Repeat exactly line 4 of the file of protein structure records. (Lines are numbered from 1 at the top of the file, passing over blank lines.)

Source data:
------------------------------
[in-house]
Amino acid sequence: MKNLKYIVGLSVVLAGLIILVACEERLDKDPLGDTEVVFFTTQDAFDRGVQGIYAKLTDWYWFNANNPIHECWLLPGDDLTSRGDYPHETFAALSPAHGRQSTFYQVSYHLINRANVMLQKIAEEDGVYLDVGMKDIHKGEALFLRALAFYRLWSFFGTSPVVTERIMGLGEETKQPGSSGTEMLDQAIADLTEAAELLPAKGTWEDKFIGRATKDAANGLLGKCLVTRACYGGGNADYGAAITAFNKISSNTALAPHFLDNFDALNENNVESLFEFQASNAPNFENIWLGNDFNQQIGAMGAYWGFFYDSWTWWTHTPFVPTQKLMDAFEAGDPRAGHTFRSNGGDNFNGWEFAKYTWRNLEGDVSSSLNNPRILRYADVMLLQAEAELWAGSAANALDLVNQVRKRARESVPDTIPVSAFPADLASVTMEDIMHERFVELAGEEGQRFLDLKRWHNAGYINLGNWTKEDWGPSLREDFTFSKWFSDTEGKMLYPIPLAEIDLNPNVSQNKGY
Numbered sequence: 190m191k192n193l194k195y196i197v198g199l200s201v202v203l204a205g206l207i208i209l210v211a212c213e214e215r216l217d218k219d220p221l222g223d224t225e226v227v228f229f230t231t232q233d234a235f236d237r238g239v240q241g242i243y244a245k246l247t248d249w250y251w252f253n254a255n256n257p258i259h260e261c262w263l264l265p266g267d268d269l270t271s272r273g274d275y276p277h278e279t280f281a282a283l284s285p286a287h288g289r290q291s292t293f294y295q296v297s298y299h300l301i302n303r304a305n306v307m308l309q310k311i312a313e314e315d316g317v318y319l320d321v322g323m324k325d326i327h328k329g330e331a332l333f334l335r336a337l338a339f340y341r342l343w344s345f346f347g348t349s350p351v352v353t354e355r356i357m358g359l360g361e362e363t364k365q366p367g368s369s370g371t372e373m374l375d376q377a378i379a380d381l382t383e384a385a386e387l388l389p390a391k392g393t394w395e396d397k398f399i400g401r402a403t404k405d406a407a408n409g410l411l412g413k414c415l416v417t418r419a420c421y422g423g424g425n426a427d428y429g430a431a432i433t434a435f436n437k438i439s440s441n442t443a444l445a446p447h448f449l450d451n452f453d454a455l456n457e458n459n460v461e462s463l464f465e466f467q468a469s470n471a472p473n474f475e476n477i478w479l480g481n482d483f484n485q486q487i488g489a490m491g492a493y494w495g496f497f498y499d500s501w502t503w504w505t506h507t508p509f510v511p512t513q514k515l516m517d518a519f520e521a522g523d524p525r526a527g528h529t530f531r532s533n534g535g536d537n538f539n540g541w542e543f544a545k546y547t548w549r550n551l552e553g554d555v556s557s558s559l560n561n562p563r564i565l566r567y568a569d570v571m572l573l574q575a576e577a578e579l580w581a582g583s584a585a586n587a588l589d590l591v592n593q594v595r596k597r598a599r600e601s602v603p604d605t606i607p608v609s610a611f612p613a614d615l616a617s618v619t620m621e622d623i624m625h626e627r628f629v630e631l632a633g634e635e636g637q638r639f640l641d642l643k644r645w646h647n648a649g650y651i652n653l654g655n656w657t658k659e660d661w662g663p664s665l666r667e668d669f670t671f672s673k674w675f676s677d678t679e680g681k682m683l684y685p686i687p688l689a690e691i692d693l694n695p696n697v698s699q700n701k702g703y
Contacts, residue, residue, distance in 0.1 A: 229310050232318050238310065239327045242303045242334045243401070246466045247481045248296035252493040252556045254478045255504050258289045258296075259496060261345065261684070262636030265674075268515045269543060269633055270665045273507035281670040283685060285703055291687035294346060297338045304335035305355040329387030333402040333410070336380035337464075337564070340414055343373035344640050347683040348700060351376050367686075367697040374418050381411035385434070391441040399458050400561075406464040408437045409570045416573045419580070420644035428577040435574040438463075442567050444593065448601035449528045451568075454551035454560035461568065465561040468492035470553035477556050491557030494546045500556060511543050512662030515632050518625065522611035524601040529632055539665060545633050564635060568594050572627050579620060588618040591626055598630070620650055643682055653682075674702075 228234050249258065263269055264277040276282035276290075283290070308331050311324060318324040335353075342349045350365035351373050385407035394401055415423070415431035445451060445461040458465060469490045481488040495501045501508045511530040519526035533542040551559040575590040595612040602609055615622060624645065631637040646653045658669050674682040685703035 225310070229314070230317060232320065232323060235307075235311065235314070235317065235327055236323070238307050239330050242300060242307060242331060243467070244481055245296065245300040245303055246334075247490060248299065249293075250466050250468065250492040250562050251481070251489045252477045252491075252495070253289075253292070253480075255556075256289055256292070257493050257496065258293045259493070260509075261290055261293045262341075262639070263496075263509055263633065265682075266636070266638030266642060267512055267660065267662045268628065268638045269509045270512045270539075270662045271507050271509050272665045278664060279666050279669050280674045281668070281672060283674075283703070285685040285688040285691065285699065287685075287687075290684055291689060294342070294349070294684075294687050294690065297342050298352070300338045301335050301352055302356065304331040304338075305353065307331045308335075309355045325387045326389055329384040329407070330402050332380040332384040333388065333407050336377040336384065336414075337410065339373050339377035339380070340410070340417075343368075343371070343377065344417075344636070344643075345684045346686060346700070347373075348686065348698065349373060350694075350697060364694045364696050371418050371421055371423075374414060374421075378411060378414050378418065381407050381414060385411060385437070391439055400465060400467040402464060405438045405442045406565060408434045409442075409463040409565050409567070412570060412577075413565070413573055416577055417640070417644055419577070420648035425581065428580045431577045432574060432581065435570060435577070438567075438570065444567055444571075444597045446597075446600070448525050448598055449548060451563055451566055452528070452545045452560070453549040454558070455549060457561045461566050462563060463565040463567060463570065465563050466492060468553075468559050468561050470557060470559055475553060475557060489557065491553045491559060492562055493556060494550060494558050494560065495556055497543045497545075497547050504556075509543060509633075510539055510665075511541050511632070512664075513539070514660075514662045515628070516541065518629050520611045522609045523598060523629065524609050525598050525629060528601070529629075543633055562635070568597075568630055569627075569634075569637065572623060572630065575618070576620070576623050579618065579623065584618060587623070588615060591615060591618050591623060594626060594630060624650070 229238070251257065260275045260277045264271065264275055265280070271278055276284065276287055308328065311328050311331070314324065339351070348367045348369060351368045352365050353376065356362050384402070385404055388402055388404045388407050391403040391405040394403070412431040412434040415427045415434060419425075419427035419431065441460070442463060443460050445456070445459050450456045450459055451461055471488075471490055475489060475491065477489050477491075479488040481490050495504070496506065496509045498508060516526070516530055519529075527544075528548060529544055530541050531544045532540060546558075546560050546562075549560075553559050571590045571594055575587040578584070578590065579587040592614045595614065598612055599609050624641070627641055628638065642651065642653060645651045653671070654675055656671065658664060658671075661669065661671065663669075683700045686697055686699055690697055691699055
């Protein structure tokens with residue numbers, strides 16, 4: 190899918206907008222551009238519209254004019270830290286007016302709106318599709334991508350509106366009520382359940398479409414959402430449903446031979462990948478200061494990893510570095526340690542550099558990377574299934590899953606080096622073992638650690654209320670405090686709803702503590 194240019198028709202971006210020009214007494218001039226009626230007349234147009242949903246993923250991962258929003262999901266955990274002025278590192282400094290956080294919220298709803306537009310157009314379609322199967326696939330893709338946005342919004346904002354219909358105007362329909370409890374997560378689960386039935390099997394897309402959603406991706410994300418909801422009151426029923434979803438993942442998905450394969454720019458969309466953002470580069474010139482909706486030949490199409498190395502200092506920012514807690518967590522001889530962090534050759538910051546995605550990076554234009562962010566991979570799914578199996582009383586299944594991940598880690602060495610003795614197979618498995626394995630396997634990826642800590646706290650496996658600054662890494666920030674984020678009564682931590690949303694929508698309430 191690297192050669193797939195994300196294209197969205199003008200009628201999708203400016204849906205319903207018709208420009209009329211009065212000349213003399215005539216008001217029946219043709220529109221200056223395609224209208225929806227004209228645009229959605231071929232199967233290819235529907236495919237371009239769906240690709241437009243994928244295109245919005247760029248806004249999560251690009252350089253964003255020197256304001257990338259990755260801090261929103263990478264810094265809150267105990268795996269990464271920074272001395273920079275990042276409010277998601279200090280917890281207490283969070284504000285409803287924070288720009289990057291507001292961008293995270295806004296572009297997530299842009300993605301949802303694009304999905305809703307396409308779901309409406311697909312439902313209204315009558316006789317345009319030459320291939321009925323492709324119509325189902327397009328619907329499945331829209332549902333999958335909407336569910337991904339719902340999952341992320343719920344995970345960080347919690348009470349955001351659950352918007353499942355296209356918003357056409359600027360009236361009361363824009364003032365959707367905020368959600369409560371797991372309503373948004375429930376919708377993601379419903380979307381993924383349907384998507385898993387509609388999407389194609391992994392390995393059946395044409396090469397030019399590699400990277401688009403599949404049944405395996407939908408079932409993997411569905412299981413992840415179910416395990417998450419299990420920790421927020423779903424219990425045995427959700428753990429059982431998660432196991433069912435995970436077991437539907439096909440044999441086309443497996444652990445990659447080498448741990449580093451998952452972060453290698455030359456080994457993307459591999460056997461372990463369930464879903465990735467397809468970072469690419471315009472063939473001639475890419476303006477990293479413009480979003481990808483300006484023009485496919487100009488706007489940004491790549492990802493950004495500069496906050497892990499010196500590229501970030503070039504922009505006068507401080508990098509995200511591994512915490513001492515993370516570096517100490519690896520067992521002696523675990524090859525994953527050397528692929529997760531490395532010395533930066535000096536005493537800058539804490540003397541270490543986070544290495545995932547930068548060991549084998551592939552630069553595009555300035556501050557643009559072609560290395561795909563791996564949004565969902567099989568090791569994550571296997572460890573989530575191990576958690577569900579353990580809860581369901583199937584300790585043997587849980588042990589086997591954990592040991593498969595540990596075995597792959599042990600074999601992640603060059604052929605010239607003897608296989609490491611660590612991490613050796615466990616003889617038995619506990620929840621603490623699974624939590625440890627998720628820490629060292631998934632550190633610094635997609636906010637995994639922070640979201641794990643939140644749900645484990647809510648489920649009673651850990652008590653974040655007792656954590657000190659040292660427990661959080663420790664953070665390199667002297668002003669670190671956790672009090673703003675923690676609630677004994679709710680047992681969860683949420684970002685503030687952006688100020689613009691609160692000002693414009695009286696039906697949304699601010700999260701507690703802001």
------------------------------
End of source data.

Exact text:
Contacts, residue, residue, distance in 0.1 A: 229310050232318050238310065239327045242303045242334045243401070246466045247481045248296035252493040252556045254478045255504050258289045258296075259496060261345065261684070262636030265674075268515045269543060269633055270665045273507035281670040283685060285703055291687035294346060297338045304335035305355040329387030333402040333410070336380035337464075337564070340414055343373035344640050347683040348700060351376050367686075367697040374418050381411035385434070391441040399458050400561075406464040408437045409570045416573045419580070420644035428577040435574040438463075442567050444593065448601035449528045451568075454551035454560035461568065465561040468492035470553035477556050491557030494546045500556060511543050512662030515632050518625065522611035524601040529632055539665060545633050564635060568594050572627050579620060588618040591626055598630070620650055643682055653682075674702075 228234050249258065263269055264277040276282035276290075283290070308331050311324060318324040335353075342349045350365035351373050385407035394401055415423070415431035445451060445461040458465060469490045481488040495501045501508045511530040519526035533542040551559040575590040595612040602609055615622060624645065631637040646653045658669050674682040685703035 225310070229314070230317060232320065232323060235307075235311065235314070235317065235327055236323070238307050239330050242300060242307060242331060243467070244481055245296065245300040245303055246334075247490060248299065249293075250466050250468065250492040250562050251481070251489045252477045252491075252495070253289075253292070253480075255556075256289055256292070257493050257496065258293045259493070260509075261290055261293045262341075262639070263496075263509055263633065265682075266636070266638030266642060267512055267660065267662045268628065268638045269509045270512045270539075270662045271507050271509050272665045278664060279666050279669050280674045281668070281672060283674075283703070285685040285688040285691065285699065287685075287687075290684055291689060294342070294349070294684075294687050294690065297342050298352070300338045301335050301352055302356065304331040304338075305353065307331045308335075309355045325387045326389055329384040329407070330402050332380040332384040333388065333407050336377040336384065336414075337410065339373050339377035339380070340410070340417075343368075343371070343377065344417075344636070344643075345684045346686060346700070347373075348686065348698065349373060350694075350697060364694045364696050371418050371421055371423075374414060374421075378411060378414050378418065381407050381414060385411060385437070391439055400465060400467040402464060405438045405442045406565060408434045409442075409463040409565050409567070412570060412577075413565070413573055416577055417640070417644055419577070420648035425581065428580045431577045432574060432581065435570060435577070438567075438570065444567055444571075444597045446597075446600070448525050448598055449548060451563055451566055452528070452545045452560070453549040454558070455549060457561045461566050462563060463565040463567060463570065465563050466492060468553075468559050468561050470557060470559055475553060475557060489557065491553045491559060492562055493556060494550060494558050494560065495556055497543045497545075497547050504556075509543060509633075510539055510665075511541050511632070512664075513539070514660075514662045515628070516541065518629050520611045522609045523598060523629065524609050525598050525629060528601070529629075543633055562635070568597075568630055569627075569634075569637065572623060572630065575618070576620070576623050579618065579623065584618060587623070588615060591615060591618050591623060594626060594630060624650070 229238070251257065260275045260277045264271065264275055265280070271278055276284065276287055308328065311328050311331070314324065339351070348367045348369060351368045352365050353376065356362050384402070385404055388402055388404045388407050391403040391405040394403070412431040412434040415427045415434060419425075419427035419431065441460070442463060443460050445456070445459050450456045450459055451461055471488075471490055475489060475491065477489050477491075479488040481490050495504070496506065496509045498508060516526070516530055519529075527544075528548060529544055530541050531544045532540060546558075546560050546562075549560075553559050571590045571594055575587040578584070578590065579587040592614045595614065598612055599609050624641070627641055628638065642651065642653060645651045653671070654675055656671065658664060658671075661669065661671065663669075683700045686697055686699055690697055691699055